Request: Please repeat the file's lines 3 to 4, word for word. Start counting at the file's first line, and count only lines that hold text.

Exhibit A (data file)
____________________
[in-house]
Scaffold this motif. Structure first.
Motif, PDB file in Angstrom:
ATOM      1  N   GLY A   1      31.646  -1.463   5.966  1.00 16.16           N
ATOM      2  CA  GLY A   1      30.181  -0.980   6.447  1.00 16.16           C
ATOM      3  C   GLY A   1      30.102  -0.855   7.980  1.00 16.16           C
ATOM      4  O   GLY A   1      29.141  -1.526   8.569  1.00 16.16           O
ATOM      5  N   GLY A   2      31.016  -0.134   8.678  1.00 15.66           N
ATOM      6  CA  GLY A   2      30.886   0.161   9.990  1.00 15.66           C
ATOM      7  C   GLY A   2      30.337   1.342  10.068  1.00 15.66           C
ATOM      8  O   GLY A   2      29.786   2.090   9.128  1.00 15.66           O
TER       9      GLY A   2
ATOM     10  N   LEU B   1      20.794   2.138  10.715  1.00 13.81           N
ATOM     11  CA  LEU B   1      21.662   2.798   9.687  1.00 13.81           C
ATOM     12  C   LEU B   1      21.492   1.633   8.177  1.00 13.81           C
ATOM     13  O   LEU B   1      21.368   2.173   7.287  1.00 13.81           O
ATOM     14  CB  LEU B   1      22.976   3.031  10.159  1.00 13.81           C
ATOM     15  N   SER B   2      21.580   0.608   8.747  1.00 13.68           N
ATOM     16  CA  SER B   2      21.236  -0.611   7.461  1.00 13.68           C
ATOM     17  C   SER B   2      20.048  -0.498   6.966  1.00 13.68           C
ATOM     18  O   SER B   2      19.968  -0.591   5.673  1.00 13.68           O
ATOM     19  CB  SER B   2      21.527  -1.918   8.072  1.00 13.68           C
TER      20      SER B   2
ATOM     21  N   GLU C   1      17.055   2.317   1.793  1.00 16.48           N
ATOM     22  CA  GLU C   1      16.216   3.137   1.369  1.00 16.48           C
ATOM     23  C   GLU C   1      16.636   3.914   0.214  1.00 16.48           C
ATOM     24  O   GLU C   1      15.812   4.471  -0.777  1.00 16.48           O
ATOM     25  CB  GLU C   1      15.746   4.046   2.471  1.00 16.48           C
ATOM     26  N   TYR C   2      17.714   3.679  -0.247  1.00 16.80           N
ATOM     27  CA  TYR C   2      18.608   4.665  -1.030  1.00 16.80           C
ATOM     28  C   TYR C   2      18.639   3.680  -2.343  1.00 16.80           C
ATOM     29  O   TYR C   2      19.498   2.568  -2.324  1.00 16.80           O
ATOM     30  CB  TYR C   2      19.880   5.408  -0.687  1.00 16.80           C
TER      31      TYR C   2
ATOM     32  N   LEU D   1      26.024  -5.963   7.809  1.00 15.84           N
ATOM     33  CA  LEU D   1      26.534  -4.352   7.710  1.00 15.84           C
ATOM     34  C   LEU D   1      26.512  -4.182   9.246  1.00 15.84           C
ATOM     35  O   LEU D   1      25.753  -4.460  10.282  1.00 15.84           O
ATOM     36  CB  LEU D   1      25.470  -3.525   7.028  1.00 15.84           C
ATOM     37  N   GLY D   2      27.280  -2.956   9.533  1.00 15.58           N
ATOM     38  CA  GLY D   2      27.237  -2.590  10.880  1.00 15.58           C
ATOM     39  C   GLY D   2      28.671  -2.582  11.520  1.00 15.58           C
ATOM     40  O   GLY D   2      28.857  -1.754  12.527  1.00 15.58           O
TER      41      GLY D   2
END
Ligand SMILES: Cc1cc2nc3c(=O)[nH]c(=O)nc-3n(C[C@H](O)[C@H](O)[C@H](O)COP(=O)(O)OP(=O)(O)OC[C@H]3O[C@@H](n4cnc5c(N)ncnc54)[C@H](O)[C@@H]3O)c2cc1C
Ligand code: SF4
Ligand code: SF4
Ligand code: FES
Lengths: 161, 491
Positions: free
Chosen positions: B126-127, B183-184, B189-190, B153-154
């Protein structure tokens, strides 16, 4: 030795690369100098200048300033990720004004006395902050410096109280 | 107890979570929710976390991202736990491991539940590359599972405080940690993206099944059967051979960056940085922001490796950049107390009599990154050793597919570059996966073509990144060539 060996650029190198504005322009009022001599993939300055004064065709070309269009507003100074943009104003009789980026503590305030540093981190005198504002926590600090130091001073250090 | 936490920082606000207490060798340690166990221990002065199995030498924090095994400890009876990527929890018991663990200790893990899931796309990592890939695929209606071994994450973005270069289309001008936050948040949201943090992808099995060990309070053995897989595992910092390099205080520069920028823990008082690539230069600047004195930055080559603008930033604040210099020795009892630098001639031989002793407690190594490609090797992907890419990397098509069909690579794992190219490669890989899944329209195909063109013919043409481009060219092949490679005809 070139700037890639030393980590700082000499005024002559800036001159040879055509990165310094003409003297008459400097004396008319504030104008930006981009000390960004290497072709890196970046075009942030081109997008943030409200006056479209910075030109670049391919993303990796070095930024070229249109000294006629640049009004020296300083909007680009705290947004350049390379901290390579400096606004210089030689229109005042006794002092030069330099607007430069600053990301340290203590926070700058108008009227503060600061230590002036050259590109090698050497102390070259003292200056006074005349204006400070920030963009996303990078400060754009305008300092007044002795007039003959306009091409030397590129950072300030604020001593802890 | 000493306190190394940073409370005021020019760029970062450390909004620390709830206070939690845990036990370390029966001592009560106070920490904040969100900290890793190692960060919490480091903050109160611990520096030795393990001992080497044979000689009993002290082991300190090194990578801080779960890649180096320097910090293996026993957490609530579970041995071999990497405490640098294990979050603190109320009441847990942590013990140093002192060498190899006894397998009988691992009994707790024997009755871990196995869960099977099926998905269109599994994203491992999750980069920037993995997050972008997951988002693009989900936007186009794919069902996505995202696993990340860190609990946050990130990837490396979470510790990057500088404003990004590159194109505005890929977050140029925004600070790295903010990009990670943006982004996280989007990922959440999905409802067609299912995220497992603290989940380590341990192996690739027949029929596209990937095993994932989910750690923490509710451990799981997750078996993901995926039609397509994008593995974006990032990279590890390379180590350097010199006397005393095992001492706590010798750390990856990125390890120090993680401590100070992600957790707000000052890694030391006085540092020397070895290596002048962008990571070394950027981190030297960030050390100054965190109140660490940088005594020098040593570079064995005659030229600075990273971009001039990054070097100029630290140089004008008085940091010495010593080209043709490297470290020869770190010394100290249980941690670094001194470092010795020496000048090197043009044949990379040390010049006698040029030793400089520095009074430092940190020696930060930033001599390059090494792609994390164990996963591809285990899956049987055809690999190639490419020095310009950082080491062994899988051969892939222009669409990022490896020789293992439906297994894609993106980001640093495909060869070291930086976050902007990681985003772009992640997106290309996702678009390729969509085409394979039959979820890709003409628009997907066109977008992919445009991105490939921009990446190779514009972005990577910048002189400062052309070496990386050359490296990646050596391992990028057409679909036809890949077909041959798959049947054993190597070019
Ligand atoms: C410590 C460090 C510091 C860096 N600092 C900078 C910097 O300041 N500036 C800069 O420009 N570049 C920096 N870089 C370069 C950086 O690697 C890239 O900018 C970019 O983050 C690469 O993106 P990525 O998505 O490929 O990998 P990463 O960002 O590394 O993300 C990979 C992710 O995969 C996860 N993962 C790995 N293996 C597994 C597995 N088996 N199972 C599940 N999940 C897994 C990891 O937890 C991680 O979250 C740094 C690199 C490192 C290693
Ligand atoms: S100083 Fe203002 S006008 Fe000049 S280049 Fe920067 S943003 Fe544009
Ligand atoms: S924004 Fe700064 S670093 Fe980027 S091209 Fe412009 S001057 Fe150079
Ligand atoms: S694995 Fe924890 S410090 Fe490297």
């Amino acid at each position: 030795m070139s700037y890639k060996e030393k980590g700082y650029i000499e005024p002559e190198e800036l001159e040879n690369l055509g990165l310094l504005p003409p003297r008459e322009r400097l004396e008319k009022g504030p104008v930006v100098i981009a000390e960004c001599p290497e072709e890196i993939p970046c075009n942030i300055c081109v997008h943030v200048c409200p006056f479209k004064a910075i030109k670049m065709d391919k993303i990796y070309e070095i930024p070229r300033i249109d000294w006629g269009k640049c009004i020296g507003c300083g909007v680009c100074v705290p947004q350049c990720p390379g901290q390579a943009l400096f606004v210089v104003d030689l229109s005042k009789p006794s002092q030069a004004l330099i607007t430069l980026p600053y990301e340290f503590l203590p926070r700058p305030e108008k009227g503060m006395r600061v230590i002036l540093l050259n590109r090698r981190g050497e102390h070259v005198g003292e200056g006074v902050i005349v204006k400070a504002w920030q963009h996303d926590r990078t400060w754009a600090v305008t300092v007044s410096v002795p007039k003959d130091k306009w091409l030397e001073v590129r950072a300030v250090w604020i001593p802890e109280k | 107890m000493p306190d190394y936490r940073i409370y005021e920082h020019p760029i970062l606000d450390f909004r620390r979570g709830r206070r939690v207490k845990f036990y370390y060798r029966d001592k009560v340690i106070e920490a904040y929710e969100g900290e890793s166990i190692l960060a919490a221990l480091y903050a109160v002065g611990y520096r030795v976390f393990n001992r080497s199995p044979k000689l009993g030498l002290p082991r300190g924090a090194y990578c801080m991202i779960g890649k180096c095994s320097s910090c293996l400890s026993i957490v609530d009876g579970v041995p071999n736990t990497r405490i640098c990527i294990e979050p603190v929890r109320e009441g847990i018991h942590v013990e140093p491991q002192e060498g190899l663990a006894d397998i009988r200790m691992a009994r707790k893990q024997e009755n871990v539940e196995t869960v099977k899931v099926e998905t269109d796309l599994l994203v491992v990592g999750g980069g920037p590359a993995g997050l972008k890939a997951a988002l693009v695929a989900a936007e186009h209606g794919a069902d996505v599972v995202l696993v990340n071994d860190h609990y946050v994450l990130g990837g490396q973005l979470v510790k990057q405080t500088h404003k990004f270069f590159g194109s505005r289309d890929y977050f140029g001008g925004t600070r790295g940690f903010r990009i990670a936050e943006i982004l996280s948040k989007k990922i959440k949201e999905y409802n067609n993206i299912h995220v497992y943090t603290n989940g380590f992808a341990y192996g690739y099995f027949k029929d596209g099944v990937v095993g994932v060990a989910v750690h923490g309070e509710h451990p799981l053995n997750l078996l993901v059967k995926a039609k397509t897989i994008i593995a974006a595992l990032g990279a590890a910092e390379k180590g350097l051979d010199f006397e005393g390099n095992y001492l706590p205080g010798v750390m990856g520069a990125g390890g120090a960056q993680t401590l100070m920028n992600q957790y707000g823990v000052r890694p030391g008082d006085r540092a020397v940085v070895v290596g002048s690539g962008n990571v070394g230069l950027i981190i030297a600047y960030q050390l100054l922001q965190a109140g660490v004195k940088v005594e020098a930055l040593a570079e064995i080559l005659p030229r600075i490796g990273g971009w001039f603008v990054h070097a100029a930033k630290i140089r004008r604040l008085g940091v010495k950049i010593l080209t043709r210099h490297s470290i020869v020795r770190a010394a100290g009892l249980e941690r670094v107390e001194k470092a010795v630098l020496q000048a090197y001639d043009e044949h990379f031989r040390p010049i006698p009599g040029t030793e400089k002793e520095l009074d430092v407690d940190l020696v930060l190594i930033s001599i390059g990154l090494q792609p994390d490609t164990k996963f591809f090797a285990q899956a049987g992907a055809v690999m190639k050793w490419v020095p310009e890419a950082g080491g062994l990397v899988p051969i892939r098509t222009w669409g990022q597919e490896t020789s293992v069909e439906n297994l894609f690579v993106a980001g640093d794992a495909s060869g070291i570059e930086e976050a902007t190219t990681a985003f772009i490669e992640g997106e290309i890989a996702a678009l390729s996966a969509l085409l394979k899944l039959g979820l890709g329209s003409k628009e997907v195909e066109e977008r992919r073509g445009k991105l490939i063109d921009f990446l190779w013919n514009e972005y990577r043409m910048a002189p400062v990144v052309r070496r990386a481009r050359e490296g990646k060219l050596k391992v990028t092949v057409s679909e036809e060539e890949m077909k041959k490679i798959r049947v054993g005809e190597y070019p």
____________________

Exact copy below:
Motif, PDB file in Angstrom:
ATOM      1  N   GLY A   1      31.646  -1.463   5.966  1.00 16.16           N